The Way People Think

I am a pretty empathetic person.  I can very quickly and easily figure out how people are feeling about something and respond to them in meaningful way.  So, it really shook me up when I discovered some really obvious and important facts about the way people think.

I have been taking some coaching lessons over the last six months or so.  These are aimed at improving my time management skills and trying to help me take the long view of my career.  They are extremely interesting and enlightening.  One of things that I did many months ago was to take a couple of personality tests to figure out how I think and react to situations.  They were meant to give my coach some idea of how to help me and what I could be working on, and also for me to have some ideas on my strengths and weaknesses. I will probably write another post on my specific results. I also took a personality test with the Honor’s students a couple of months later, and there learned more about how people think too.  This stuff is really amazing.

There are two interesting things that I learned that I want to specifically discuss.  They might be completely obvious to you, but they really struck me as a extremely insightful and really changed the way that I view other people.  I will talk about the first one now, and the second one in another blog post later.

As I have stated before on this blog, I am the type of person who doesn’t see the glass as half full or half empty, but as needing some improvement.  In almost every situation that I am in, I look for how to improve things.  I look for flaws that could be fixed.  I do this with myself, with my kids, with my wife, with my job, with my friends, with everything.  This, it turns out, is somewhat annoying to people.  That is not a shock to me.

It is also not really a shock to me that there are other people who are similar to me out there.  They also see flaws in systems and work to improve those flaws.

What has come as a shock to me is that there are many people out there who have a somewhat opposite point of view in that they feel like people who point out flaws in systems are not being loyal.  They take criticism for a system or for them as being disloyal to that system or to them.

This is probably not news to some of you, and really shouldn’t have been news to me, but it totally shocked me.  There are two things that suddenly lit up in my head: (1) that is why my ex-department-chair despises me; and (2) that is why republicans think that democrats hate America.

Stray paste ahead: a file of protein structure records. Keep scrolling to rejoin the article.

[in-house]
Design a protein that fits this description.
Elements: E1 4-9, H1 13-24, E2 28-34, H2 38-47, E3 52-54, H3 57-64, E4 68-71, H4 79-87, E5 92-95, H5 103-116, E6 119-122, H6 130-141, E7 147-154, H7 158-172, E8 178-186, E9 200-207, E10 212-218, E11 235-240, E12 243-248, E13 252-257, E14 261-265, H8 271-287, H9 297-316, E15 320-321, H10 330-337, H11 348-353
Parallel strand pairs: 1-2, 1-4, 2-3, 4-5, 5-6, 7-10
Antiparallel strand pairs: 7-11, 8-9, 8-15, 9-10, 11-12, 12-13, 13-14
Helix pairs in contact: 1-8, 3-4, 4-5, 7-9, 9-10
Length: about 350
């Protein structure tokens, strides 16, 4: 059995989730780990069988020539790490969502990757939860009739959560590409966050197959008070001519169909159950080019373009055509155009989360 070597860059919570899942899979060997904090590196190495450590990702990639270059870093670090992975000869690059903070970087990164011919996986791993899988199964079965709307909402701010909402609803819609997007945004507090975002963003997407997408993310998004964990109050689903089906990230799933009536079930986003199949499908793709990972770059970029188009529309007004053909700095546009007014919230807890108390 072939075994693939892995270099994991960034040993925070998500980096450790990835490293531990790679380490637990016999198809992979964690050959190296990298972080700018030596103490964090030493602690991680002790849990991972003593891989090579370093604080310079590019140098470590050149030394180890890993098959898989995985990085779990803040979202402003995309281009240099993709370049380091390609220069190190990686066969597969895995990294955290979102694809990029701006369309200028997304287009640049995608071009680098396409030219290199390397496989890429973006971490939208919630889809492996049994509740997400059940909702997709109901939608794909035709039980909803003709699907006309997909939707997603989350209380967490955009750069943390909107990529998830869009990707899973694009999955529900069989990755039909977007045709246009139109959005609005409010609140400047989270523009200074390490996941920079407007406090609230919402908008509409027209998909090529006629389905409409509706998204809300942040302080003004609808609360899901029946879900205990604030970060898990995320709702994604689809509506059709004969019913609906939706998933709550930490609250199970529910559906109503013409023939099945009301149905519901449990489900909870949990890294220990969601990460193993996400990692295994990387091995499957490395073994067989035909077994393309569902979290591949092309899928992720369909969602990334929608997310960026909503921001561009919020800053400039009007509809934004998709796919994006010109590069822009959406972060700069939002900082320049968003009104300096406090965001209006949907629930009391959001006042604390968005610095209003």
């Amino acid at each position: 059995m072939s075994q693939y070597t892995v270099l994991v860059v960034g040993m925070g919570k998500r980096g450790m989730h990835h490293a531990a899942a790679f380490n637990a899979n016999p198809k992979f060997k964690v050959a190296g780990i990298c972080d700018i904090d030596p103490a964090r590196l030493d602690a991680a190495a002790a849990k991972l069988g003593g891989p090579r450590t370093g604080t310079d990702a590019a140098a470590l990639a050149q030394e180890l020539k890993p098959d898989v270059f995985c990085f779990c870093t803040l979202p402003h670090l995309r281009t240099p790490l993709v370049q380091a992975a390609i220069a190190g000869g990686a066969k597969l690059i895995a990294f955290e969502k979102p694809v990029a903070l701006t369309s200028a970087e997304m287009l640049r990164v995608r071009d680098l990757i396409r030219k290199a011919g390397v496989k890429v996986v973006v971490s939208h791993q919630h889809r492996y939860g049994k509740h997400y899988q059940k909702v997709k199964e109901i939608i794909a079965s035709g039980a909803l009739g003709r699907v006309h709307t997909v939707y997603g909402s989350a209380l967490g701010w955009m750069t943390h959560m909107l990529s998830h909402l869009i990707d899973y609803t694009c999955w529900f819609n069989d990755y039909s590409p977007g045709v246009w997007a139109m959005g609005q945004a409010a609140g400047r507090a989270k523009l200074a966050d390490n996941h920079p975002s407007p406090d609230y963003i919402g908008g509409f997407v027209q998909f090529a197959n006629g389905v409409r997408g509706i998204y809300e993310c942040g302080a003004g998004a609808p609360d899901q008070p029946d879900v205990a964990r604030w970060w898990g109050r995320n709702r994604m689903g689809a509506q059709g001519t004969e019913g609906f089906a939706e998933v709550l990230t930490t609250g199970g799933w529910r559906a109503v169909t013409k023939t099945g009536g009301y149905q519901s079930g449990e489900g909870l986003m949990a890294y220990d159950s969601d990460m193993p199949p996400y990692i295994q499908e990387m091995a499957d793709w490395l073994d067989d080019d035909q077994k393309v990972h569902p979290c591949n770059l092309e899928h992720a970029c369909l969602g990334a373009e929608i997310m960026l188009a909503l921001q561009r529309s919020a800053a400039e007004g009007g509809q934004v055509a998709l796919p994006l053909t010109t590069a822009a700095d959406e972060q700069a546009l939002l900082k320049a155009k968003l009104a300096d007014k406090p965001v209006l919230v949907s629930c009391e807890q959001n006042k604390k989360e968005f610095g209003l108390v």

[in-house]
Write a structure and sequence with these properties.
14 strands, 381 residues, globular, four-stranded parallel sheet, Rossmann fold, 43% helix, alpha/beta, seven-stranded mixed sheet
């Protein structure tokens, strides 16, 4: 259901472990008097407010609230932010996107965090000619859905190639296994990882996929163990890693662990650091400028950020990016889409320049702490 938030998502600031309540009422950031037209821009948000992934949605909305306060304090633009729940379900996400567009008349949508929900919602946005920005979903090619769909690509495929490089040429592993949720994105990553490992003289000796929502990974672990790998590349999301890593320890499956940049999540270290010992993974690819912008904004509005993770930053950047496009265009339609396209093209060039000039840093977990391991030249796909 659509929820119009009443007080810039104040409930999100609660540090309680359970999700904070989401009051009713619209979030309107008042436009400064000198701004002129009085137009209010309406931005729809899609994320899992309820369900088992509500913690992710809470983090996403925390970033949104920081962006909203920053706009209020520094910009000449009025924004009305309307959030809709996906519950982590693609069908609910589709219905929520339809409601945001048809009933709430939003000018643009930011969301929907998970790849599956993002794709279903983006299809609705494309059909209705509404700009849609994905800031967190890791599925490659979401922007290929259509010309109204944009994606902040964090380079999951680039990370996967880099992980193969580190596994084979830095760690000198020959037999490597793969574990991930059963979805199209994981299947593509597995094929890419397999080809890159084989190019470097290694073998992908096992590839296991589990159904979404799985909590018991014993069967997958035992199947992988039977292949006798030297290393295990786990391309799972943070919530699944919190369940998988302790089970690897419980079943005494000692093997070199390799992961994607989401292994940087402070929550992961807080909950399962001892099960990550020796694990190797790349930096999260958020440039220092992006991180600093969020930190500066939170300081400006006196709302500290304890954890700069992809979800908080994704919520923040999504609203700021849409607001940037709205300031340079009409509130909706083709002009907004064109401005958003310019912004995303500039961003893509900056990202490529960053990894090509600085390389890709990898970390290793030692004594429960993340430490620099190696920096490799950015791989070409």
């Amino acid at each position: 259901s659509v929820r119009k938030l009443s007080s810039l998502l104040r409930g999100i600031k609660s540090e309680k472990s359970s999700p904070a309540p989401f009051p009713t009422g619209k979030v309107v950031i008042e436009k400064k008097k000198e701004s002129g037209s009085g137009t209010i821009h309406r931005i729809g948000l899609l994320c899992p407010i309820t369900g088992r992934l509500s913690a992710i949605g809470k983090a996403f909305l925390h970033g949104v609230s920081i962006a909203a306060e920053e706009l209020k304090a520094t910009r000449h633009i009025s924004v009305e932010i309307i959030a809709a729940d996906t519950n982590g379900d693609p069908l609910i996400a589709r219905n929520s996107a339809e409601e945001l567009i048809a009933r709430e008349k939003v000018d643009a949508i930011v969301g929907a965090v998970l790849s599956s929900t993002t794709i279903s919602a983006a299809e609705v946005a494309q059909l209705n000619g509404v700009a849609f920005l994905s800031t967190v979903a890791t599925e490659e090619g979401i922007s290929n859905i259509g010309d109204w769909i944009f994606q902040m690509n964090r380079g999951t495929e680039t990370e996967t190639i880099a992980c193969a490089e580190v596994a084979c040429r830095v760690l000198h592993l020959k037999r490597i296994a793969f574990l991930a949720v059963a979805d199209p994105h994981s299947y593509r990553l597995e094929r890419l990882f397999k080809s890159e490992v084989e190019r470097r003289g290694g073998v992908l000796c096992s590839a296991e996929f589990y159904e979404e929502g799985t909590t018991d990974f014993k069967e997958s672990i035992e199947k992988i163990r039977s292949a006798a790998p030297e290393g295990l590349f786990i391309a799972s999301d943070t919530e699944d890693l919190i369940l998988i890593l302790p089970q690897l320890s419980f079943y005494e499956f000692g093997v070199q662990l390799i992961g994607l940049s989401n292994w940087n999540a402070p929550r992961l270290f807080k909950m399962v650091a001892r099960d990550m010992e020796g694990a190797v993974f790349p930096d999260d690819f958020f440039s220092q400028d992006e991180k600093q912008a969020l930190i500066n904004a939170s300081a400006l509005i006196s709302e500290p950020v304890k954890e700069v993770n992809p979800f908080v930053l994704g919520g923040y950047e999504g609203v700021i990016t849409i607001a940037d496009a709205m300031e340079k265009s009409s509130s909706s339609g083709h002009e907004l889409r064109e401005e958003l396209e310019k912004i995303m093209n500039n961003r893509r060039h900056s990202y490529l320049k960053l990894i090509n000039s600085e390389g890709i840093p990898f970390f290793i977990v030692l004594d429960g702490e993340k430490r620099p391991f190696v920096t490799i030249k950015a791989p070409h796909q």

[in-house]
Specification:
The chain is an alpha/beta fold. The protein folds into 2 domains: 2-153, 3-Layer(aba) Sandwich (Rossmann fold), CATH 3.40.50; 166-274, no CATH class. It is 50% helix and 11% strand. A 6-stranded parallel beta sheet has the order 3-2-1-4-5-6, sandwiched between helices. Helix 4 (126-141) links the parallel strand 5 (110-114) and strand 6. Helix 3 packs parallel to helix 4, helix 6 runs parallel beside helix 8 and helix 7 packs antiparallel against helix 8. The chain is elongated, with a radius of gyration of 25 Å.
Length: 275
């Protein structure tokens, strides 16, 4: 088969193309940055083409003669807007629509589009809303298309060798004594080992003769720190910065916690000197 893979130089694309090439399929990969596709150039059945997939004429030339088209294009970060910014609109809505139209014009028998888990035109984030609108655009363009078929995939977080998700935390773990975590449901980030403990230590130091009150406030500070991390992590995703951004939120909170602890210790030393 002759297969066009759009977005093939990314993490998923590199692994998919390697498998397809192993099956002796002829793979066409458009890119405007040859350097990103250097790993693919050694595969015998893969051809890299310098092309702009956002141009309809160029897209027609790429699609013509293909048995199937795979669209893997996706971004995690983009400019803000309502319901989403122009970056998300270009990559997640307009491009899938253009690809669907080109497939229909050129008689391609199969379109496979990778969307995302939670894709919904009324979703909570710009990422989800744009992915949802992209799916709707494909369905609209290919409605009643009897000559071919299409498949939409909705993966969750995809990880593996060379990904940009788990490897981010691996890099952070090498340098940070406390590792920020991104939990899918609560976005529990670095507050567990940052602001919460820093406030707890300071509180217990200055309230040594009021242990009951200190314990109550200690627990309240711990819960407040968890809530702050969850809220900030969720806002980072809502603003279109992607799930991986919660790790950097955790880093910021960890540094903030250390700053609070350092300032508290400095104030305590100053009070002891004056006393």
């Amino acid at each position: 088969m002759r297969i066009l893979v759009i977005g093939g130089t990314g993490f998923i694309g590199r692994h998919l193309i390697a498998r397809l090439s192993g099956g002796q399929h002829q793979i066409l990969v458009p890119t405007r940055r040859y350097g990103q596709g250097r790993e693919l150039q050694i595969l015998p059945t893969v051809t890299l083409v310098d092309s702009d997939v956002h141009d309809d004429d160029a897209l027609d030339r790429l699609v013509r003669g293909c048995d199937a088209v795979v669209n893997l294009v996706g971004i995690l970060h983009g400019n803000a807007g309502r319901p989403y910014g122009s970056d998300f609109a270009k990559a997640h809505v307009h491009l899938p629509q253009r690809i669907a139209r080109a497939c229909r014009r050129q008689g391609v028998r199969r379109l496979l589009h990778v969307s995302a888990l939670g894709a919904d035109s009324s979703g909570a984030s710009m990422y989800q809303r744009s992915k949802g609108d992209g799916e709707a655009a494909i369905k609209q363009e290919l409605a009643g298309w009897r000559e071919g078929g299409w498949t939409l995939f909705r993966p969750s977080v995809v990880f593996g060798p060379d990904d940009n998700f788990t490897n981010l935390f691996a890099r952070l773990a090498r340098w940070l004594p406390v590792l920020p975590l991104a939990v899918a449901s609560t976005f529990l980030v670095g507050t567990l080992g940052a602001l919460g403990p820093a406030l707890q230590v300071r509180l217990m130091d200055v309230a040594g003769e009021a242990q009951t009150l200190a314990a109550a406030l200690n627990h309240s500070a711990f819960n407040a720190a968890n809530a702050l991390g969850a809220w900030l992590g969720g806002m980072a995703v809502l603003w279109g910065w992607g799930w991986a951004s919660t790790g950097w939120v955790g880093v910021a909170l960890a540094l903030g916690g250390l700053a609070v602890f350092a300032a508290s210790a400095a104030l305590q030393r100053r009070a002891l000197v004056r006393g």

I turns out that my ex-boss is a person who views loyalty as being the number one characteristic in people (this is my opinion, of course).  It often seems like he thinks of people as being either with us or against us.  There is no in between.  I honestly had no idea why he was always so angry with me.  Now I know that it is most likely because I was constantly seeking ways to improve things within our larger group.  This constant stream of “seeking improvement” in our group must have driven him crazy and he must have been thinking all of the time that I am disloyal.  I now have a very different view of our relationship.

In the second case, it is a similar situation.  It seems that there are many people in our society are criticized for not loving America (Obama is one of those – which is pretty crazy). It strikes me that this is probably not true, and could very well be because they are critical of the policies and actions of the US government.  It is not that they don’t love America (i.e., not loyal), it is that they are constantly seeking improvement on something that has flaws.  One could phrase it as … seeking a more perfect union … if one wanted to.

It strikes me that in both situations, both sides could seek to understand the other side more.  By me not understanding my ex-boss’s distrust of people who question everything, I struck a really bad cord with him.  I probably could have phrased things in a different way that would allow him to not view me as disloyal.  And, realizing that this is the way that he feels about me, when I get e-mails from him that are quite negative, I can shrug them off and understand where he is coming from.

In the “democrats hate America” debate, I am sure that democrats could reinforce the fact that they love America too, and that the reason that they are critical of society is that they want to see it improved in a way that everyone can be happy.

It is very difficult to navigate this world with so many different personalities in it…. but I guess this is one of the more interesting aspects of life, eh?


About aaronridley

Professor at the University of Michigan, Department of Climate and Space Science and Engineering.
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3 Responses to The Way People Think

  1. Allison says:

    Hm… so that means while I might think confronting people will solve problems, I’m really just terrifying everyone??

  2. Regarding the personality test results: I want to know how you scored on the “is suitable for a career in law enforcement” analysis. I scored very well because, well, I love ‘Merica.

  3. aaronridley says:

    This is a good question. I got almost exactly middle of the road for the “Law Enforcement Orientation” thing. If you read the high side, it says things like “Supports firm and strict law enforcement practices, well-suited for work in the law enforcement field, evaluates problems from a practical and commonsense standpoint.” I evaluate problems really well, so big score there. BUT, on the negative side, I get “Sees law enforcement practices as too strict and severe, likes to take chances, tends to be nonconforming, somewhat pessimistic and dissatisfied.” Wow, does that describe me. So, I think that you have strong positives and strong negatives adding together to give a blah answer.

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